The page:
Understanding the Causes of Hair Loss: Different Types of Alopecia

Understanding the Causes of Hair Loss: Different Types of Alopecia

Alopecia is the medical term for hair loss and there are several common variations. Here at HT&RC, Dr. Arthur Gray uses the medical diagnostic approach to precisely determine the type of alopecia in each individual case as well as the most effective treatment or combination of advanced hair restoration techniques for each individual. 

For the millions of men and women experiencing hair loss, a basic understanding of the various common types of alopecia can be very helpful when it's time to consider the cutting-edge technologies and modern hair restoration procedures available today. Fortunately, the days of having to accept hair loss as an inevitable fact of life are now behind us. HT&RC provides a wide range of surgical, non-surgical, and topical hair solutions for fostering healthy hair follicles and restoring hair. 

Androgenetic Alopecia

The term androgenetic alopecia is more commonly known as pattern baldness.  This is the most common type of hair loss in men, and affects about 50% of Caucasian men by age 50 and affects 3% of  women between the ages of 20-29, and 29% of women from 70-89 years old.   The male sex hormone testosterone is classified as an androgen and because the condition also depends on genetics, thus the term  "androgenetic". Testosterone is the source of the derivative hormone DHT, dihydrotestosterone, which is the true culprit causing hair loss in those experiencing androgenetic alopecia.  However, since genetics are also involved,  the DHT only affects those follicles that are genetically predisposed to being sensitive to the DHT.

Men with androgenetic alopecia have hair follicles that are highly sensitive to DHT, which disrupts the follicles' natural growth cycle.  This results is a much shortened anagen phase of the growth cycle which then results in shorter, thinner hair shafts which is a process called miniaturization.   Hair loss tends to begin above the temples in a well-defined pattern, spreading over time with thinning also occurring at the crown.  The progression of hair loss is well documented in the Hamilton-Norwood Scale.

Alopecia Areata

The condition alopecia areata is characterized by hair falling out in patches, rather than the well-defined pattern baldness of androgenetic alopecia. The condition is an autoimmune disorder which causes the body's immune system to mistakenly attack the hair follicles. This is thought to be T-cell mediated peribulbar inflammation leading to the disruption of the normal hair cycle.  Unlike the cicatricial alopecia, the alopecia areata does not lead to permanent destruction of hair follicles and permanent hair loss.  Hair loss with Alopecia Areata can be rapid and unpredictable.   The association of alopecia areata with thyroiditis and vitiligo suggests and autoimmune etiology to the disorder.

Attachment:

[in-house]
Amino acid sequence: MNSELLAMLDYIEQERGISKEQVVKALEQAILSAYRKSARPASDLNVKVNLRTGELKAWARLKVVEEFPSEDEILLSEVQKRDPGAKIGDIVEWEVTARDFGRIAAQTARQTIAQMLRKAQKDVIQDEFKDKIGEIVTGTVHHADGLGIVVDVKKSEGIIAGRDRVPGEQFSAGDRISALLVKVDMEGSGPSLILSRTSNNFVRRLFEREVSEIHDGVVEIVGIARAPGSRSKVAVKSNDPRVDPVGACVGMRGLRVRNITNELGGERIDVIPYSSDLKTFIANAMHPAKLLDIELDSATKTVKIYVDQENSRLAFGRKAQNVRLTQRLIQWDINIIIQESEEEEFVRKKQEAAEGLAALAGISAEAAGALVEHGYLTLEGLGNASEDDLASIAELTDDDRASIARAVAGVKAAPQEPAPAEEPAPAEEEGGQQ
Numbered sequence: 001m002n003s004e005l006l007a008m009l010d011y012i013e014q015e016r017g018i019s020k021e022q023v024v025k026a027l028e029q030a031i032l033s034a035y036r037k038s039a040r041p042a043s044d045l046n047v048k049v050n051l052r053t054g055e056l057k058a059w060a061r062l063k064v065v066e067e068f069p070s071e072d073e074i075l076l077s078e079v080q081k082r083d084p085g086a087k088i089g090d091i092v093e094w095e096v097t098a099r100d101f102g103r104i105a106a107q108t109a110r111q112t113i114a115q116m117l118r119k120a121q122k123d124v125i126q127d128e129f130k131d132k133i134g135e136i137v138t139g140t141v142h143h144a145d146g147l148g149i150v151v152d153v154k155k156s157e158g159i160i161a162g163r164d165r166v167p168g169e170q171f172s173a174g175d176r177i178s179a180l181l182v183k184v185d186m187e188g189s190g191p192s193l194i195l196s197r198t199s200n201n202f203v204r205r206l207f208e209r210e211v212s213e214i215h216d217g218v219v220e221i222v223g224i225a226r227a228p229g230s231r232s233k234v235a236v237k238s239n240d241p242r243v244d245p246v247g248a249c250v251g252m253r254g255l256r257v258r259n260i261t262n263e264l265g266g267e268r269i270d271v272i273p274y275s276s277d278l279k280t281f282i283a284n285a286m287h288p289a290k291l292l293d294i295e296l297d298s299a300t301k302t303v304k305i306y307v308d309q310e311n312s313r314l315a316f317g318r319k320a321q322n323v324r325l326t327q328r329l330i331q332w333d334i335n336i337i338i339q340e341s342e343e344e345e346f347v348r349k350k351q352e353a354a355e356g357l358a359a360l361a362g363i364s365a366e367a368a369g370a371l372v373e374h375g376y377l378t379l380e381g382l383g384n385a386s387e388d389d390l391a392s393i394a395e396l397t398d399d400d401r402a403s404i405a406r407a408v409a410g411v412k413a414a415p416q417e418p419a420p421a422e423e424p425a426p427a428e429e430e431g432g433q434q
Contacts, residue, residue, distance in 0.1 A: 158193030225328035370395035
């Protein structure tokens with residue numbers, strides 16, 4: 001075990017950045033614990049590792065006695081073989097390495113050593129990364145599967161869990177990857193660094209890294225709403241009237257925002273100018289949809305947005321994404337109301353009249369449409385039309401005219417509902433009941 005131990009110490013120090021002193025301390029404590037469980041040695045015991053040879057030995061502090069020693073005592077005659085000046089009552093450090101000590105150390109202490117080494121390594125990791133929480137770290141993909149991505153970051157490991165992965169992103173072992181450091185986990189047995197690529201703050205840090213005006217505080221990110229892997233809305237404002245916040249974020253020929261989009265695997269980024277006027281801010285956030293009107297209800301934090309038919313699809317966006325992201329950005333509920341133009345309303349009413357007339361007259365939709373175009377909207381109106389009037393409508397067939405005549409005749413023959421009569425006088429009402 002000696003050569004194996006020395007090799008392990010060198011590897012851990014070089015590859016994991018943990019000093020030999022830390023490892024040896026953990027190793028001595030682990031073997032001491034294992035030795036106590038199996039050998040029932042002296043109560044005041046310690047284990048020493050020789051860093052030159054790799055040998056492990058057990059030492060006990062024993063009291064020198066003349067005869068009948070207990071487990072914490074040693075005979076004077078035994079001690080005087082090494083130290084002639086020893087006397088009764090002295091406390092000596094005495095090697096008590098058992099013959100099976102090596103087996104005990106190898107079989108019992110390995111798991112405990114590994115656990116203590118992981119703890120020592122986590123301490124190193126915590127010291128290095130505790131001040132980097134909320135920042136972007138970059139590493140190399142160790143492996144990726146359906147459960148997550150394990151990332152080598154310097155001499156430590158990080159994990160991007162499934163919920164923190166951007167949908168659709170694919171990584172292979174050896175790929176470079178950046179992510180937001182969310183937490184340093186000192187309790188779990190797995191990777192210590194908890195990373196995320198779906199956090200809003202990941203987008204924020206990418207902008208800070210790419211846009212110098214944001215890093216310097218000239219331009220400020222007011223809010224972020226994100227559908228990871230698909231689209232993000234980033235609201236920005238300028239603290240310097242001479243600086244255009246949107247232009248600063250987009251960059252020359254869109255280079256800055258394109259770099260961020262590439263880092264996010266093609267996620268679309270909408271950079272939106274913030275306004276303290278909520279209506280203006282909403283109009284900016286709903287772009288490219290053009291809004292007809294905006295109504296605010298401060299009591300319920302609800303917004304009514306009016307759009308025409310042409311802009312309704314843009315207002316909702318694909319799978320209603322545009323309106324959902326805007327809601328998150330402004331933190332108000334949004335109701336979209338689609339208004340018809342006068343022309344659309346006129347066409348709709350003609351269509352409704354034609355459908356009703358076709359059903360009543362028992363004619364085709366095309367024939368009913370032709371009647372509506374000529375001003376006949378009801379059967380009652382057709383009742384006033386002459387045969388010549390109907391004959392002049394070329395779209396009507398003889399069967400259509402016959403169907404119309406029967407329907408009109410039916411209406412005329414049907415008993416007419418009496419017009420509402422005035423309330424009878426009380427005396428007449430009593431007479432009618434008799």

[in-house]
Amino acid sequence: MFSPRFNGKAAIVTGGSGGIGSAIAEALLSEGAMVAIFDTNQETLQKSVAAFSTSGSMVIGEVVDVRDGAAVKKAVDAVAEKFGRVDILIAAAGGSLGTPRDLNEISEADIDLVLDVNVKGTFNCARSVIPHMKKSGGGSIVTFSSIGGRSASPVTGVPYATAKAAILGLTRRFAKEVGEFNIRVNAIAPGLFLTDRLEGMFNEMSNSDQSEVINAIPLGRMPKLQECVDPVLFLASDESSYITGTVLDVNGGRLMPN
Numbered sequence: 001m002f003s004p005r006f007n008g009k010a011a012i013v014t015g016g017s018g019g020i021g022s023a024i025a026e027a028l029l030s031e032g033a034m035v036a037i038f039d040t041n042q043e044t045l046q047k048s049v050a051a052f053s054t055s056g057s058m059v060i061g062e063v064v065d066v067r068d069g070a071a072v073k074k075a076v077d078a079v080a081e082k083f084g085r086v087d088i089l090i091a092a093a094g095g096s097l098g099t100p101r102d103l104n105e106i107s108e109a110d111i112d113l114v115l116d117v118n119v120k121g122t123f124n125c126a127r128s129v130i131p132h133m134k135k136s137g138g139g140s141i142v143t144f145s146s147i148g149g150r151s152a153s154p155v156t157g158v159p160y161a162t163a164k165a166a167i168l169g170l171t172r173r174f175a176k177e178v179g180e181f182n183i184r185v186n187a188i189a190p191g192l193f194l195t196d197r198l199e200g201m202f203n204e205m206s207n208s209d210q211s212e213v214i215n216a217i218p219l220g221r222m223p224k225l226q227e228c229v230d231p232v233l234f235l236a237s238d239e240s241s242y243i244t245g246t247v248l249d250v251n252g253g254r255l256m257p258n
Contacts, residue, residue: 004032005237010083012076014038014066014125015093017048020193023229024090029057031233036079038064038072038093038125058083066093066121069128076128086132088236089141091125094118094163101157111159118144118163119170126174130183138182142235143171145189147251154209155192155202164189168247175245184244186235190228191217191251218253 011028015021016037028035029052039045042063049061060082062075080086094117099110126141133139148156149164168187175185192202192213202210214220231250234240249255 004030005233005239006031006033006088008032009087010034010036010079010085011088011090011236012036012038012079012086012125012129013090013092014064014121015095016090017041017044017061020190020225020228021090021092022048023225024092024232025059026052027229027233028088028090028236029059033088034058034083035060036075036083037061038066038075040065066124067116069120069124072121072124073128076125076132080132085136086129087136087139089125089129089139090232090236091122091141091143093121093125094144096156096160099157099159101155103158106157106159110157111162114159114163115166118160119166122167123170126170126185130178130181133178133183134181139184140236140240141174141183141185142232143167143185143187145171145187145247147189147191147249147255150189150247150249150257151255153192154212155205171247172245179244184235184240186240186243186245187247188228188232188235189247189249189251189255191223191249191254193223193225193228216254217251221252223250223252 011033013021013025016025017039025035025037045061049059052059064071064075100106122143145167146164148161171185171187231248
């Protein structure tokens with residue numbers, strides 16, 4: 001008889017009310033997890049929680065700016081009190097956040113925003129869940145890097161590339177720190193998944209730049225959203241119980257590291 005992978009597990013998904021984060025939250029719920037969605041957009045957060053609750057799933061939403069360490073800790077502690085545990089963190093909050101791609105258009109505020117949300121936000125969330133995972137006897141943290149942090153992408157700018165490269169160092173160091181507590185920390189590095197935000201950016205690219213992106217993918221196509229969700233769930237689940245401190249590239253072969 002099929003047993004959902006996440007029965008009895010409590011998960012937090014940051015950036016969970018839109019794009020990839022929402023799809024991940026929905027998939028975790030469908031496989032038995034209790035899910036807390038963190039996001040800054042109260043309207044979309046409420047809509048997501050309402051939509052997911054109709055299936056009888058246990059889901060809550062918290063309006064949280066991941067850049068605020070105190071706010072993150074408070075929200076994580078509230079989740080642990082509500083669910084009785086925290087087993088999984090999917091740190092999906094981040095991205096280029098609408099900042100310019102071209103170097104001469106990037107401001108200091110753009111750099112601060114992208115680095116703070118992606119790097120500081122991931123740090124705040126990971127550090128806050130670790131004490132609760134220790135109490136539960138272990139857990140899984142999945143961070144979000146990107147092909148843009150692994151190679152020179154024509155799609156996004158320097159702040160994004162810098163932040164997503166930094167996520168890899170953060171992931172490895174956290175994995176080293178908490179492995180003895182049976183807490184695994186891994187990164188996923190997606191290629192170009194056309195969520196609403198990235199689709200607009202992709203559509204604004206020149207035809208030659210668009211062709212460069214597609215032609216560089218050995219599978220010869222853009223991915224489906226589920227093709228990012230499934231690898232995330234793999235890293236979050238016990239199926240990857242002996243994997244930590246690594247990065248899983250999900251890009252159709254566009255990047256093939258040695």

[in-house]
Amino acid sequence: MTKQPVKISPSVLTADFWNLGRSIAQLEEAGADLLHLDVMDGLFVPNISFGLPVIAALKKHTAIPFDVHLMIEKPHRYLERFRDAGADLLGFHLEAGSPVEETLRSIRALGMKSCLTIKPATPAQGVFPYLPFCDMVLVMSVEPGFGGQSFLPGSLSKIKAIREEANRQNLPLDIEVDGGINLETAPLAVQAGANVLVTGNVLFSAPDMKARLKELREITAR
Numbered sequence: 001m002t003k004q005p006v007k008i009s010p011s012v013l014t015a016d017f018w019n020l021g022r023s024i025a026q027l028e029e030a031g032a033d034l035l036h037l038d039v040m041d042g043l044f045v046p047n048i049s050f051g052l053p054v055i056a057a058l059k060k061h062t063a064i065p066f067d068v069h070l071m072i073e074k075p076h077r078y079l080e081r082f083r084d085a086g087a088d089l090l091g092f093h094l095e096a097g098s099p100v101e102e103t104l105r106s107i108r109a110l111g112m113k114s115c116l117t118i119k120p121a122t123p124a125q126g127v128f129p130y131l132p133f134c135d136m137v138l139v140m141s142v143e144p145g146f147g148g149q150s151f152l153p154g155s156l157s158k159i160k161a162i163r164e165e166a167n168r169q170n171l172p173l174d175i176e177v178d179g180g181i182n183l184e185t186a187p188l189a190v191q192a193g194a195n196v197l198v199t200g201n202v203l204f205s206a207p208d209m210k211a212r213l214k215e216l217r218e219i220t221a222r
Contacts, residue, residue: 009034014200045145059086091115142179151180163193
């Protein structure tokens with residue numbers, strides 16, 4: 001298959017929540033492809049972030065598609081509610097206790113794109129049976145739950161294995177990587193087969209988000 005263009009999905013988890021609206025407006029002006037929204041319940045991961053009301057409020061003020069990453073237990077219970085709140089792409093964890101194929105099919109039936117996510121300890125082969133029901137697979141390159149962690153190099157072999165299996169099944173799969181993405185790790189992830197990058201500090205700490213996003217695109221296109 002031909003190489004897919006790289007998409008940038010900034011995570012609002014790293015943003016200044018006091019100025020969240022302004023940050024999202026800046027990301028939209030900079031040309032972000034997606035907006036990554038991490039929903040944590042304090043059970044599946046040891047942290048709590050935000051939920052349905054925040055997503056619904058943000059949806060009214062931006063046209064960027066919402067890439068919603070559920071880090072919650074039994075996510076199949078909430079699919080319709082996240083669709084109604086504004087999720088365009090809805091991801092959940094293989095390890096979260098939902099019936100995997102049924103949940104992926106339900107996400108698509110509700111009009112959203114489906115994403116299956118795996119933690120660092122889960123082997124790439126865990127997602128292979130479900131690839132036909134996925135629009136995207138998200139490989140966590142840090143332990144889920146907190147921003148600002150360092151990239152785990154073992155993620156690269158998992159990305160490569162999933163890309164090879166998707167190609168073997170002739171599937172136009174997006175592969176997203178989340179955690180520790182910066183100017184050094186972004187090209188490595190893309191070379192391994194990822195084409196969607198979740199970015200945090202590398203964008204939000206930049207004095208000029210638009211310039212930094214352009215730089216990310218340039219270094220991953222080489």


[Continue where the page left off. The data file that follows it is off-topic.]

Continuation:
Scarring Alopecia (Cicatricial Alopecia) 

This type of alopecia, also known as cicatricial alopecia, is caused by inflammation around the bulge of the hair follicle. The condition causes damage to hair roots and follicles are replaced by scar tissue. Balding areas differ from alopecia areata, appearing to be more ragged around the edges. Scarring alopecia may present symptoms such as itching, burning, and pain, and hair loss may progress quickly. 

Traction Alopecia

This condition is the answer to the frequently asked question "Is your hairstyle causing your hair loss?" As its name suggests traction alopecia is caused by repeated pulling on the hair. Tight buns, ponytails, and braids can all trigger traction alopecia especially if heat and chemicals are also used for hair styling. Hair loss along the hairline is the primary characteristic of traction alopecia. The first step to treatment is to refrain from any style which pulls at the hair and causes follicle stress. 

Hair Restoration Solutions at HT&RC

Once the various types of alopecia are understood we can see that optimizing hair follicle health is the key to maintaining healthy hair and even stopping or reversing hair loss. At HT&RC we have advanced non-surgical technologies available to foster healthy hair follicles. Advanced laser therapy is a proven FDA approved method which can be used in the comfort and privacy of your own home.

Both of the proven techniques above are frequently used as stand-alone treatments but their healing characteristics are so pronounced that Dr. Gray also uses them to enhance recovery and new hair growth after surgical hair replacement procedures such as Follicular Unit Extraction and Follicular Unit Transplant.

Regardless of which type of hair loss you are experiencing, the first step to finding a solution that’s right for you is a private consultation with our founder Dr. Arthur Gray. As a member of the distinguished International Society of Hair Restoration Surgery (ISHRS), Dr. Gray has the artistic eye and steady hand for the meticulous precision required for hair transplant procedures. He's also made it a priority to offer the full spectrum of proven non-surgical and topical hair restoration and replacement solutions. Contact us for a consultation to get started today!